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Results Found (1169), Result Page (1 of 234)
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Location - Leeds & District

[1]
Palace Picture Hall, Eyres Avenue (Armley) (81 comments)
Black & White image1970. View of the former Palace Picture Hall, shown here as The New Western Bingo Hall, located in Eyres Avenue. The building was opened as an 800 seater cinema on Monday 26th August 1912, advertising as the "Finest Picture Hall in West Leeds". The premises, formerly Armley Rink, had been completely re-designed under the personal supervision of Managing Director, Councillor Ezra Hoyle. The opening film was 'The Governor's Daughter' and seats could be booked in advance for 2d (1p). Ticket prices were 2d (1p), 4d (1.5p) and 6d (2.5p). One thousand people attended the two evening performances on opening night. It was described as "the most healthy and comfortable hall in the distict, breathing area 500 cu.ft to each person when the hall is full", also the management boasted that "persons entering while the pictures are being exhibited are shown to their seats by young ladies who have electric flash lights." Part of the building was converted into a dance hall and a cafe was attached. By 1937 the dance hall had been converted back to a skating rink, operating alongside the cinema. The Armley Palace Picture Hall closed on Saturday 22nd August 1964 with a showing of 'Summer Magic' starring Hayley Mills. The premises were subsequently converted to the New Western Bingo Hall. Here, it is advertising a £400 jackpot.
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[2]
8th Leeds Boys Brigade, Ambulance team (Burley)
Black & White image1923. View shows the Ambulance team of the 8th Leeds Boys Brigade, taken in 1923. They are named as Sidebottom, Tobbell, Evans, EL Peck, Crofts, Spencer, Darbyshire and Elwick. The brigade was attached to Burley Methodist Church on Cardigan Lane.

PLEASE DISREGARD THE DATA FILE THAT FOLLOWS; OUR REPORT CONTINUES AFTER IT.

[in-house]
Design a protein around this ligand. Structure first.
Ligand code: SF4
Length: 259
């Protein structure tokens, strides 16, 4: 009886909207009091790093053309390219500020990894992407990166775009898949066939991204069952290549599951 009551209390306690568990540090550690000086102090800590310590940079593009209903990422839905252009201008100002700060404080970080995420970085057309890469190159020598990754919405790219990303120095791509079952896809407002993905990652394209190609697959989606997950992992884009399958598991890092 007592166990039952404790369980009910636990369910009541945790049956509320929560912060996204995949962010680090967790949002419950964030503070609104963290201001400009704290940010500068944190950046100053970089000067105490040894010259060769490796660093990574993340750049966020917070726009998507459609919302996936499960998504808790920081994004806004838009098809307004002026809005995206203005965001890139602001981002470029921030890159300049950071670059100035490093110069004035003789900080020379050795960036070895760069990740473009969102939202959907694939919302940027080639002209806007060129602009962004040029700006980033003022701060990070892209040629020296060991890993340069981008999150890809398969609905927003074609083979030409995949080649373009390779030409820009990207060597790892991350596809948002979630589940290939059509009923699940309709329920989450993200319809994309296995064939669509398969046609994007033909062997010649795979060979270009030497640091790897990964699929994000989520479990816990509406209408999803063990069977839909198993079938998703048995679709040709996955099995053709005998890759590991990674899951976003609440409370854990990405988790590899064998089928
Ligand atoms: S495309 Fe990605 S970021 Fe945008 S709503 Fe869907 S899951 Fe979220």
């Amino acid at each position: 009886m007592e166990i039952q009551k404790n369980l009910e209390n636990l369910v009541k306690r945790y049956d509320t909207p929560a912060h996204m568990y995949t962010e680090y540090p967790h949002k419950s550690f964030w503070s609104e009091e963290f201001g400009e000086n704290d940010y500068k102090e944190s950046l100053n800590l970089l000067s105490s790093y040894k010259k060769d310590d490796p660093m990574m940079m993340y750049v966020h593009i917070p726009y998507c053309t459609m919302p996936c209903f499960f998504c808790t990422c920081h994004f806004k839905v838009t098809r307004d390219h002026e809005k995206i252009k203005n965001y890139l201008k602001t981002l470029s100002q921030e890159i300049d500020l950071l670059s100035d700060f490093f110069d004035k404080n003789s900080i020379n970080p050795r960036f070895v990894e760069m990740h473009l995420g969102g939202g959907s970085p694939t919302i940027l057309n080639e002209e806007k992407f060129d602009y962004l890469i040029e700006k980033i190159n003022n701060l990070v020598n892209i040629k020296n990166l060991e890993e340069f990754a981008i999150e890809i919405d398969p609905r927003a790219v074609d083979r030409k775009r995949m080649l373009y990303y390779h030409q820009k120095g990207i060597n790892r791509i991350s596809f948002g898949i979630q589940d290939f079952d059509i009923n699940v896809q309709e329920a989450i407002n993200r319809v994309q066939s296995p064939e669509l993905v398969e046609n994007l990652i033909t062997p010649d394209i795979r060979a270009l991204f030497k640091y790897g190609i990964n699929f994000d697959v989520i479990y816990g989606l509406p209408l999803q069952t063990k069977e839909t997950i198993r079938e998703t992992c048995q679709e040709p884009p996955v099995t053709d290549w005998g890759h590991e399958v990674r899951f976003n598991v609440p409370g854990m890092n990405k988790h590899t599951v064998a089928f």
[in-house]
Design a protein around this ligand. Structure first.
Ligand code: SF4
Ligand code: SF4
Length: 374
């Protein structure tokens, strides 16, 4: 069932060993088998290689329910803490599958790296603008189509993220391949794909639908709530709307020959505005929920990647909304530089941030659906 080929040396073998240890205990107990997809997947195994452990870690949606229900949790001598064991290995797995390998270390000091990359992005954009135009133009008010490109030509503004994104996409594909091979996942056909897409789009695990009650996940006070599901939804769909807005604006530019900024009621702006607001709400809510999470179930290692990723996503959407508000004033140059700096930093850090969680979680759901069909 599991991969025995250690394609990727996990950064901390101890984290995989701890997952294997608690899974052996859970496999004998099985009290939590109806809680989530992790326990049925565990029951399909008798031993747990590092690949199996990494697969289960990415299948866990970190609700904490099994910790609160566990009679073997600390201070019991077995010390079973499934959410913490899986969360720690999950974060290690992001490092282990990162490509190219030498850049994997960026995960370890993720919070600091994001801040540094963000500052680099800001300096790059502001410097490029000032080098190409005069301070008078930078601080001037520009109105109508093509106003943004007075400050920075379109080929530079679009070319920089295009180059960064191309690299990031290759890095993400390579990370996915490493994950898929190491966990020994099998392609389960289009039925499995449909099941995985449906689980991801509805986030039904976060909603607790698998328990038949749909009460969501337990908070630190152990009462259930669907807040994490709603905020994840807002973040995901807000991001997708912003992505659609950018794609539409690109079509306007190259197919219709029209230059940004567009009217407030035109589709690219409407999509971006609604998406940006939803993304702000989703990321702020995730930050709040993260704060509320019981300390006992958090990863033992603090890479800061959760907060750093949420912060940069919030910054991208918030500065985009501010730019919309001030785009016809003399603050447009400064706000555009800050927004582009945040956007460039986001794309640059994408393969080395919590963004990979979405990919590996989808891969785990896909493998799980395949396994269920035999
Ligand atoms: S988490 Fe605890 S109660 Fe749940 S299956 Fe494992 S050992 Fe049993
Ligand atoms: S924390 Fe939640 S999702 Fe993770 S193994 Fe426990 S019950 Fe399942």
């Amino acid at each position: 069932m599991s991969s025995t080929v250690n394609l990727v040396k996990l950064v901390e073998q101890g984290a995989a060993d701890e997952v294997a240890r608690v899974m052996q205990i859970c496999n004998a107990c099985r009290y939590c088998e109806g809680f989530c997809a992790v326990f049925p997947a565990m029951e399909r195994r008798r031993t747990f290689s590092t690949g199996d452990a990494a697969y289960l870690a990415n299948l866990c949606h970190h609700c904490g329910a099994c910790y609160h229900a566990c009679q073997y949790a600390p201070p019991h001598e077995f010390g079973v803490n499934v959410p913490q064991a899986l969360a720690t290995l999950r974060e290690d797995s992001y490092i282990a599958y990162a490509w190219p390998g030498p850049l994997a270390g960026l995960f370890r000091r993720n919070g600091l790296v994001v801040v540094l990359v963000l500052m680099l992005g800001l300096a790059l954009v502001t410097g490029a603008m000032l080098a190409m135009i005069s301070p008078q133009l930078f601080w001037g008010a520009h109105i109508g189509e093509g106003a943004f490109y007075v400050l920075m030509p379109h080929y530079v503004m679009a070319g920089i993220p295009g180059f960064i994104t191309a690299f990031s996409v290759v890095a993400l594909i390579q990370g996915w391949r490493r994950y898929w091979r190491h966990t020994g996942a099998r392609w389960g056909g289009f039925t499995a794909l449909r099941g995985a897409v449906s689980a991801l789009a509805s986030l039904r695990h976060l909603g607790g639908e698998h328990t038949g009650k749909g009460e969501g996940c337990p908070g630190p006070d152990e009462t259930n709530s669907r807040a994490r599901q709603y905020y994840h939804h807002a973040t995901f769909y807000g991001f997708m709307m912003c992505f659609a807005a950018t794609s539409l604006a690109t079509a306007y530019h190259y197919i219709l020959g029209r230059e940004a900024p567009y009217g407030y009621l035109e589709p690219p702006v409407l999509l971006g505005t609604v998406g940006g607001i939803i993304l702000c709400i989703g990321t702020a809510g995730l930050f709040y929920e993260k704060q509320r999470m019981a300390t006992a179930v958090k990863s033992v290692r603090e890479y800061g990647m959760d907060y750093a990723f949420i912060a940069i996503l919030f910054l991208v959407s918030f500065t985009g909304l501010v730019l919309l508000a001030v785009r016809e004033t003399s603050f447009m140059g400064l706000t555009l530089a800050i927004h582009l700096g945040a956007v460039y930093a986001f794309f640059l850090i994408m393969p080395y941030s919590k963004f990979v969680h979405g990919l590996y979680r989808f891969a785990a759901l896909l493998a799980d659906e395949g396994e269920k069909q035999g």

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[3]
A young boy models a suit for the clothing manufacturer's John Barran & Sons. (City Centre)
Black & White imageC1891. Image shows a young boy modelling a light-coloured suit with metal buttons and a waistcoat beneath, made by the clothing manufacturing firm of John Barran & Sons. The young boy is Walter Giles, born in 1880 at number 4 Waverley Street in Holbeck. He is the son of an employee of Barran's, a Machine Smith by the name of Arthur Giles. There was, at this time, a successful export trade in young boys' tailored clothing and a demand for miniature soldier's and sailor's uniforms and fancy dress. By 1891 John Barran's had a warehouse in an innovative building in St. Paul's Street, designed by Thomas Ambler and completed in 1877, now known as St. Paul's House. The firm also had a recently opened factory in Hanover Lane (1888). Later, in 1904, a further warehouse was built in Chorley Lane adjoining the Hanover Lane premises. By this time Barran's was employing 3,000 people, many of them women and young girls. The rapid growth of ready -to-wear tailoring business was due to the advancement in technology of such proccesses as pattern-cutting and sewing by machine, including blind stitching, button holing and buttoning.
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[4]
Abbott Street, Armley Road (Armley) (4 comments)
Black & White image1st February 1968 View of Grocers between Abbott Street and Abbott Road facing Armley Road, the shop sells cigarettes, sweets, frozen food, nylon and haberdashery. Famous brands advertised include Walls, Golden Virginia, and Birds Eye. Advertisements on the Abbott Street side of the building include extra cephos for a 'headache and a half' and cadets. In front of the shop a van is parked with a man walking past in overalls. The van REG is RGC 9G3.
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[5]
AbbottTerrace nos. 18 - 24 (Armley)
Black & White image1st February 1968 Image shows four back-to-back terraces flanked by yards originally used for outdoor toilets. Each house has a coal cellar where coal would be deposited using the holes at pavement level. These are covered by cast iron covers. An empty milk bottle sits on the window sill of number 20 while a van selling wines and spirits reg; KTE 68OE is parked outside.
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